One artist’s mission to leave a legacy in the face of encroaching mortality
Artist and former NFL player Jim Ridlon stands amongst a crowd at the Stone Quarry Hill Art Park for the premiere of his newest collection, “Nature’s Bounty.” The exhibit consisted of wooden anomalies that bear abstract resemblance to the skulls of extinct animals and faces of ambassadors to the United Nations.
As his sunken blue eyes hover over his work, a wry smile emerges from the corner of the 84-year-old artist’s mouth, his broken nose scrunching up.
“At the end of the exhibit, I’m going to burn this all down,” he quips to a nearby patron. The absurdity of his statement belies his sincerity. When “Nature’s Bounty” concluded on the third of November, Ridlon gathered his work and set it ablaze upon a pyre constructed by his eldest son, Jim Jr. The collection, comprised of over 100 pieces, took nearly five years to make — and then became ash.
Like many others his age, Ridlon is grappling with the transition into the twilight of his life, through art. According to a study by Dr. Raquel Stephenson, an arts therapist at Lesley University, seniors flock to art because it imbues them with a sense of purpose, while also helping them come to terms with their legacy. In the mainstream, it can be seen in acts like the Rolling Stones refusing to call it quits, or George W. Bush painting in order to deal with the guilt from the death of soldiers during his presidency.
Though Ridlon fits within this continuum of older artists, art isn’t something he came to recently. It’s a passion that has been within him his whole life.
In elementary school, Ridlon was diagnosed with dyslexia and was subjected to merciless torment by classmates and teachers. From this trauma, Ridlon discovered his voice through art.
“I was better than them on the playground, and when you got the crayons and the paint out, I was the best in the class,” Ridlon said. He honed those skills into adulthood.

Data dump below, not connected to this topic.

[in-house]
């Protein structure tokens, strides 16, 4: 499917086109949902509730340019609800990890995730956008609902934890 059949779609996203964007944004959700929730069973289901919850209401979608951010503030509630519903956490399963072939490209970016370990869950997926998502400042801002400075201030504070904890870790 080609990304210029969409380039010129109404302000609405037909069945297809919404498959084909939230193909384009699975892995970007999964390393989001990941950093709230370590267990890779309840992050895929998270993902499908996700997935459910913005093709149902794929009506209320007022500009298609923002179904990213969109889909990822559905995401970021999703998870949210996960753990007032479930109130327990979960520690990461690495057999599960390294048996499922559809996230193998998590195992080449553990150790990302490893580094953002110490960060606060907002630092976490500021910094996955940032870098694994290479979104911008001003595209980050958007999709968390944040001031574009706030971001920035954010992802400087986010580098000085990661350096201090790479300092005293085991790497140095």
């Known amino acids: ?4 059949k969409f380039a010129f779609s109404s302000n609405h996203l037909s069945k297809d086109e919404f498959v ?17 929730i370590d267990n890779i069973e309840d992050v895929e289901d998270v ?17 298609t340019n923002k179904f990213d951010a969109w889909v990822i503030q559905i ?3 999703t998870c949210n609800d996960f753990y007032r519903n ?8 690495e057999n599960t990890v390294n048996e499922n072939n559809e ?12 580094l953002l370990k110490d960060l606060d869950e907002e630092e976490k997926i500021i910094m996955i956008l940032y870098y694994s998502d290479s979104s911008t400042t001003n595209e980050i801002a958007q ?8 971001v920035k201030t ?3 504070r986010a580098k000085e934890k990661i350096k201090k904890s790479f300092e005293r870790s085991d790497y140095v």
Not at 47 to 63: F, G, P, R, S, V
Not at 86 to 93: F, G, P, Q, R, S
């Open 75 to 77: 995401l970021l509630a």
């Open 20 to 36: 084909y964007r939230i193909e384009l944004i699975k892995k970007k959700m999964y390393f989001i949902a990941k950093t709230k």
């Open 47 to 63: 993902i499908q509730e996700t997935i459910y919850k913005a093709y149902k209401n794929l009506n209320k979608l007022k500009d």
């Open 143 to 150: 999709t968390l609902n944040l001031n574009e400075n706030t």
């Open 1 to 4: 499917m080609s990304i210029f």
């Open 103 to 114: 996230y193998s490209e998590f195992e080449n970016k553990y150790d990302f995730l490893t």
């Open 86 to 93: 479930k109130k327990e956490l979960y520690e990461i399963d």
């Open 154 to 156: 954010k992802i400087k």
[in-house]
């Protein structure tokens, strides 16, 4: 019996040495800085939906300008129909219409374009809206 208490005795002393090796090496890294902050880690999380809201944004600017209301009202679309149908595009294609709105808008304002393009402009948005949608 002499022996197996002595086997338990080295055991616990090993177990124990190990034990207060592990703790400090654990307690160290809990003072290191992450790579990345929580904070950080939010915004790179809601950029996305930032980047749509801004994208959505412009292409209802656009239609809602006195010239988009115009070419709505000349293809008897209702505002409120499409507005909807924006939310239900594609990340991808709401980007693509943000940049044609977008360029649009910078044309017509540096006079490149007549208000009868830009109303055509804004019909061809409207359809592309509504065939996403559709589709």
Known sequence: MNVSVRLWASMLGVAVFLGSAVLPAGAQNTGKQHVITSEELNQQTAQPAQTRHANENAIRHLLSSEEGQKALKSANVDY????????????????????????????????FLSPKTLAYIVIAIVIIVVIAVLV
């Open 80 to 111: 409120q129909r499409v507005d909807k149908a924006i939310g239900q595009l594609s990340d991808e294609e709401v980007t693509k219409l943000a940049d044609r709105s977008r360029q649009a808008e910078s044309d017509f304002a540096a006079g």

Ridlon accepted an athletic scholarship with Syracuse University in 1953 and graduated in 1957 with a fine arts degree. That same year he was drafted by the San Francisco 49ers.
Growing up, Ridlon’s eldest son wondered why his dad subjected himself to such pain during his playing days.
“I always remembered him coming home hurt. But I did listen to his determination, his grit,” Ridlon Jr. said. He came to realize that for his father, football was a part-time job that helped him fund his pursuit of a master’s degree.
“Football was always a means to an end,” Ridlon said, waving his hand dismissively. “There was no real big choice about when to leave football, I left when I was secure in my education.”
That came in 1965, when Ridlon moved his family to Syracuse and took a job coaching and teaching at Syracuse University, which allowed him to provide for his family and finish his MFA.
In the five decades since his retirement from the NFL, Ridlon has been commissioned by organizations such as ABC, Disney and more. Yet, money has never been the objective of his artistic career. Ridlon sees art as his sole purpose in life, the thing he was created to do. It keeps him moving forward, jumping at opportunities to try new things. If it were about money, he wouldn’t have set fire to “Nature’s Bounty.”
Instead, this immolation allows him to revel in spontaneity and practice letting go of something finite. It also helps turn the page on the next chapter of his work.
Ridlon’s “Life of an Artist” collection presents that next chapter. It’s a 29-piece semiautobiographical set of paintings that tell the story of an artist’s journey — from the point they’re first enamored with art, to the moment of self-actualization upon exhibition.
At his studio — a converted two-floor shed with no central heat out in New Woodstock — stretching canvass portraits with his son, Ridlon shed more light on “Life of an Artist.” It’s a collection he feels he could have only done at this point, with the final stages of his life on the horizon.
“It sucks, because you know you’re going to die, and everything you’ve done up to that point, everything in here, will be trashed,” he said. Ridlon collected himself a bit and reeled back the dourness of his statement. He acknowledged that his art is part of the stamp he left on the world, no matter how small.
“It’s nice to leave something that once had a purpose, and still does,” he said. Despite all that, he still doesn’t see his work thus far as his legacy.
“I want to be remembered for what I do tomorrow,” his eyes scanned the hundreds of pieces of art tucked about the room, “not what I’ve done so far.” For Ridlon, “tomorrow” is taking a stab at poetry, getting on social media and figuring out a way to get central heating for his quaint, wooden studio.
— Article by Mike Zawisza, Staff Reporter